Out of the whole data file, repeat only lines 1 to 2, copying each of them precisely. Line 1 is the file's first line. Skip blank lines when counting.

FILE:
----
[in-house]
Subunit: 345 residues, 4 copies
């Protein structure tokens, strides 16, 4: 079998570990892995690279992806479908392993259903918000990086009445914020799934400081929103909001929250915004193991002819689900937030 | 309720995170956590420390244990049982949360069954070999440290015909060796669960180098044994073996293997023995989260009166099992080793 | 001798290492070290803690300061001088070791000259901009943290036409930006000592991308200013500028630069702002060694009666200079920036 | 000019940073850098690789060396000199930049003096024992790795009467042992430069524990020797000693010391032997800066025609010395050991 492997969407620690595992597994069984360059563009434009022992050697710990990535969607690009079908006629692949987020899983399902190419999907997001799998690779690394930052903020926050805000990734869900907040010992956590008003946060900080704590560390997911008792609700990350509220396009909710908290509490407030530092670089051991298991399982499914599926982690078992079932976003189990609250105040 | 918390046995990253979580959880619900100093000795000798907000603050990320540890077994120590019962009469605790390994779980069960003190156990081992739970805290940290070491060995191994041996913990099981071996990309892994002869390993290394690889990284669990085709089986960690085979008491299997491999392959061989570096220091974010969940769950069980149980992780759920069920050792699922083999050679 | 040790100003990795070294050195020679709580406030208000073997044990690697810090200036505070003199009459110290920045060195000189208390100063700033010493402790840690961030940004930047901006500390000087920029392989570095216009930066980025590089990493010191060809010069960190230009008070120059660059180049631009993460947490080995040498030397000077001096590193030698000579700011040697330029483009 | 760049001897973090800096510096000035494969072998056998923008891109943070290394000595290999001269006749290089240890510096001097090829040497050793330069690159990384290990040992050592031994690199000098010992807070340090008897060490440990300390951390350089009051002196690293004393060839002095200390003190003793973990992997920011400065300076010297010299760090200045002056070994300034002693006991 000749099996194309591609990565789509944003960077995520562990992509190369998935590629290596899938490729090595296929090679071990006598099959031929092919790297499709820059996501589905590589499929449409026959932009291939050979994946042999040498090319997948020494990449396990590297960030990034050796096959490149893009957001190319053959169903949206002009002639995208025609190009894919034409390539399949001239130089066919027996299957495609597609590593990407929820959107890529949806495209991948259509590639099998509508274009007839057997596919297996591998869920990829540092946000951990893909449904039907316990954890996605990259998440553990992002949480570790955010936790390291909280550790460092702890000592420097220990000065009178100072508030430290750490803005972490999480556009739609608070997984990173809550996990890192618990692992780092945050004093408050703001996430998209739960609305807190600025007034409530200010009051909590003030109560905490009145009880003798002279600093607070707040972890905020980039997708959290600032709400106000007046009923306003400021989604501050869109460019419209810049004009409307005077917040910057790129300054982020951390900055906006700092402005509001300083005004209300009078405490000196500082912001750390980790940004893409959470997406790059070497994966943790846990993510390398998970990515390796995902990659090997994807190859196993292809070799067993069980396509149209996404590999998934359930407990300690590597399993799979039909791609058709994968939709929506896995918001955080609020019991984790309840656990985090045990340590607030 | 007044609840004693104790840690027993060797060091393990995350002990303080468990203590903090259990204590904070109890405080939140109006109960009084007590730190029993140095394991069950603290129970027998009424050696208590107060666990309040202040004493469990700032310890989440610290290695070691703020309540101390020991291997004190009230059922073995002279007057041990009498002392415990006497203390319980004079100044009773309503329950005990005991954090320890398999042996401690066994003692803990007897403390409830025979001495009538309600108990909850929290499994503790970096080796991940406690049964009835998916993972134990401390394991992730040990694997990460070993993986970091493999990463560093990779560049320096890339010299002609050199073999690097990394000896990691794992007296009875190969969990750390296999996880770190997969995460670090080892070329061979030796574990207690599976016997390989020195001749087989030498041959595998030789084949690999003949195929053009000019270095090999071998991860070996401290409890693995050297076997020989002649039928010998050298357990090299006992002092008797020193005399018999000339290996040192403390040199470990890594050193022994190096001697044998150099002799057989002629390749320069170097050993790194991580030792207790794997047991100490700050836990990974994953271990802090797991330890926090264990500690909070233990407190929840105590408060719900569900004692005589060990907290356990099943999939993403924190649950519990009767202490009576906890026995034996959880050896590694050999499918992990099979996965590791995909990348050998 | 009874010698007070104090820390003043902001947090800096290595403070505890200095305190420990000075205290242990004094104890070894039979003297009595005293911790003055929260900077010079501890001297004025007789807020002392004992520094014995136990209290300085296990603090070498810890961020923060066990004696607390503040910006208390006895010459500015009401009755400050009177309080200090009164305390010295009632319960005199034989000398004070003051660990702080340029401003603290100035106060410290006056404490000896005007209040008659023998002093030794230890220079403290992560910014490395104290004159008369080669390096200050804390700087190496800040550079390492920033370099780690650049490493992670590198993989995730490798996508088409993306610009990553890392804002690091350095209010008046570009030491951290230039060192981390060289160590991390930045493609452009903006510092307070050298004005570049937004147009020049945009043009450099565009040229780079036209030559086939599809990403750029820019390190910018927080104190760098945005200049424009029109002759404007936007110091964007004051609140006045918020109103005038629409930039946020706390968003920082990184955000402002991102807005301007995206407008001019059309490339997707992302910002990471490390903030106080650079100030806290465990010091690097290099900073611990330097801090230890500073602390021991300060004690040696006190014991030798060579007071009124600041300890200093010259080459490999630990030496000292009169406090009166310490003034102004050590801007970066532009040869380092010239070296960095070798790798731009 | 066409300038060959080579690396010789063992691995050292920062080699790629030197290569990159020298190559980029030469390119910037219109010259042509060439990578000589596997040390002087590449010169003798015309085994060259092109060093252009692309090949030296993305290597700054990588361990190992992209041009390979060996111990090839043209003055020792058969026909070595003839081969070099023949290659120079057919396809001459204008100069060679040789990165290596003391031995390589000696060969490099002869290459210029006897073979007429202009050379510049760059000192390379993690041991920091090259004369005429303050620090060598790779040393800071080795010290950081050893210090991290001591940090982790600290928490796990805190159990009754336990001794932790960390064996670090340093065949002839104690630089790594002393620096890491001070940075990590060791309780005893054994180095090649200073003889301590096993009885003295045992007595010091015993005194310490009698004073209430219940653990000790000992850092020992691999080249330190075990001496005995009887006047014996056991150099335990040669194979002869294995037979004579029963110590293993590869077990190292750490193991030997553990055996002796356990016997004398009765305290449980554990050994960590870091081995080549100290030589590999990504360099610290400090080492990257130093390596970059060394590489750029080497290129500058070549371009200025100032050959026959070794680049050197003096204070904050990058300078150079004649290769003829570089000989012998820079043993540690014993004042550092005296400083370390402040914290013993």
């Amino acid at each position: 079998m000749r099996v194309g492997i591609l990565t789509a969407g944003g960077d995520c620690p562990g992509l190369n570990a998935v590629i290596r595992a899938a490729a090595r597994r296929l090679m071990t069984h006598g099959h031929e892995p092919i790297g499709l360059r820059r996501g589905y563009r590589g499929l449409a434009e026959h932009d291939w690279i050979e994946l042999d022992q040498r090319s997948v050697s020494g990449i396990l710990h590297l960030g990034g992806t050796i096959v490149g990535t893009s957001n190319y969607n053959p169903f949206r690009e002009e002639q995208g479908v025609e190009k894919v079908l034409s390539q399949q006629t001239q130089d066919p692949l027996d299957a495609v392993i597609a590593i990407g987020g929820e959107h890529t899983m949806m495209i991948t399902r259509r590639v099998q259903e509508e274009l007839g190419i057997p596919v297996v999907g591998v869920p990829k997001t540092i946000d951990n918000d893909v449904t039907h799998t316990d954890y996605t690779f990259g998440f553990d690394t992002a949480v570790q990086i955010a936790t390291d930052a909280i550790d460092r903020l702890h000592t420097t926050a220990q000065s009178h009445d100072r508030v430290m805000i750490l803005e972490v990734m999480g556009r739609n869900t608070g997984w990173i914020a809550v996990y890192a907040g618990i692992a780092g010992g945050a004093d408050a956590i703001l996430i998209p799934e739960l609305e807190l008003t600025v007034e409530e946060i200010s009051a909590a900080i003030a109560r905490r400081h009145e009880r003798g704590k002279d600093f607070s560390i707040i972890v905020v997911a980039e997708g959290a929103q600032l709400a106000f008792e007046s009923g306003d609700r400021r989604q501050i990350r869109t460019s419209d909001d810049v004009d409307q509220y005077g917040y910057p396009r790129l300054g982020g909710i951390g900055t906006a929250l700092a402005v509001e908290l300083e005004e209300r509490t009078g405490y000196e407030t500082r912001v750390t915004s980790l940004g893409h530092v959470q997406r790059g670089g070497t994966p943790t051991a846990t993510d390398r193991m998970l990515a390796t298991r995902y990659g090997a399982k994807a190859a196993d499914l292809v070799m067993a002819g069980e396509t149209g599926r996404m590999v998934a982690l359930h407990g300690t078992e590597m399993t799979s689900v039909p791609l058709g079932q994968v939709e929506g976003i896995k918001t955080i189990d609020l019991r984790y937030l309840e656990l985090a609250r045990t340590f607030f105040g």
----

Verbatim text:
[in-house]
Subunit: 345 residues, 4 copies